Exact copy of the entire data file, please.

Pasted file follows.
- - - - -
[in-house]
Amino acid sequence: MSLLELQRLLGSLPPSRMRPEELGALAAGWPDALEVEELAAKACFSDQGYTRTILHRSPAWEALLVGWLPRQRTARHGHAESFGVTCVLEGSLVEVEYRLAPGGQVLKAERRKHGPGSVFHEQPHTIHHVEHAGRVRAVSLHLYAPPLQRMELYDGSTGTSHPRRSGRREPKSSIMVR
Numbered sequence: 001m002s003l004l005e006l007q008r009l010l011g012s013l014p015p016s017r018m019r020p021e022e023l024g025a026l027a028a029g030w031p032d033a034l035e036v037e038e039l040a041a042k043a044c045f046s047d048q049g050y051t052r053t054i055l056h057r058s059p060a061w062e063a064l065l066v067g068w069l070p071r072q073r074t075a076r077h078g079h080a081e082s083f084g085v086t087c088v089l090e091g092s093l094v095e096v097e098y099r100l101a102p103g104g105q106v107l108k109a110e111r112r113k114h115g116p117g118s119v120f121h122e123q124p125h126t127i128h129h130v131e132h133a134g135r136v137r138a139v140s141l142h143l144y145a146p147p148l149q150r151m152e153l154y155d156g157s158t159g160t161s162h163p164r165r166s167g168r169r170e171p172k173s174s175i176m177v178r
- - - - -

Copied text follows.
[in-house]
Amino acid sequence: MSLLELQRLLGSLPPSRMRPEELGALAAGWPDALEVEELAAKACFSDQGYTRTILHRSPAWEALLVGWLPRQRTARHGHAESFGVTCVLEGSLVEVEYRLAPGGQVLKAERRKHGPGSVFHEQPHTIHHVEHAGRVRAVSLHLYAPPLQRMELYDGSTGTSHPRRSGRREPKSSIMVR
Numbered sequence: 001m002s003l004l005e006l007q008r009l010l011g012s013l014p015p016s017r018m019r020p021e022e023l024g025a026l027a028a029g030w031p032d033a034l035e036v037e038e039l040a041a042k043a044c045f046s047d048q049g050y051t052r053t054i055l056h057r058s059p060a061w062e063a064l065l066v067g068w069l070p071r072q073r074t075a076r077h078g079h080a081e082s083f084g085v086t087c088v089l090e091g092s093l094v095e096v097e098y099r100l101a102p103g104g105q106v107l108k109a110e111r112r113k114h115g116p117g118s119v120f121h122e123q124p125h126t127i128h129h130v131e132h133a134g135r136v137r138a139v140s141l142h143l144y145a146p147p148l149q150r151m152e153l154y155d156g157s158t159g160t161s162h163p164r165r166s167g168r169r170e171p172k173s174s175i176m177v178r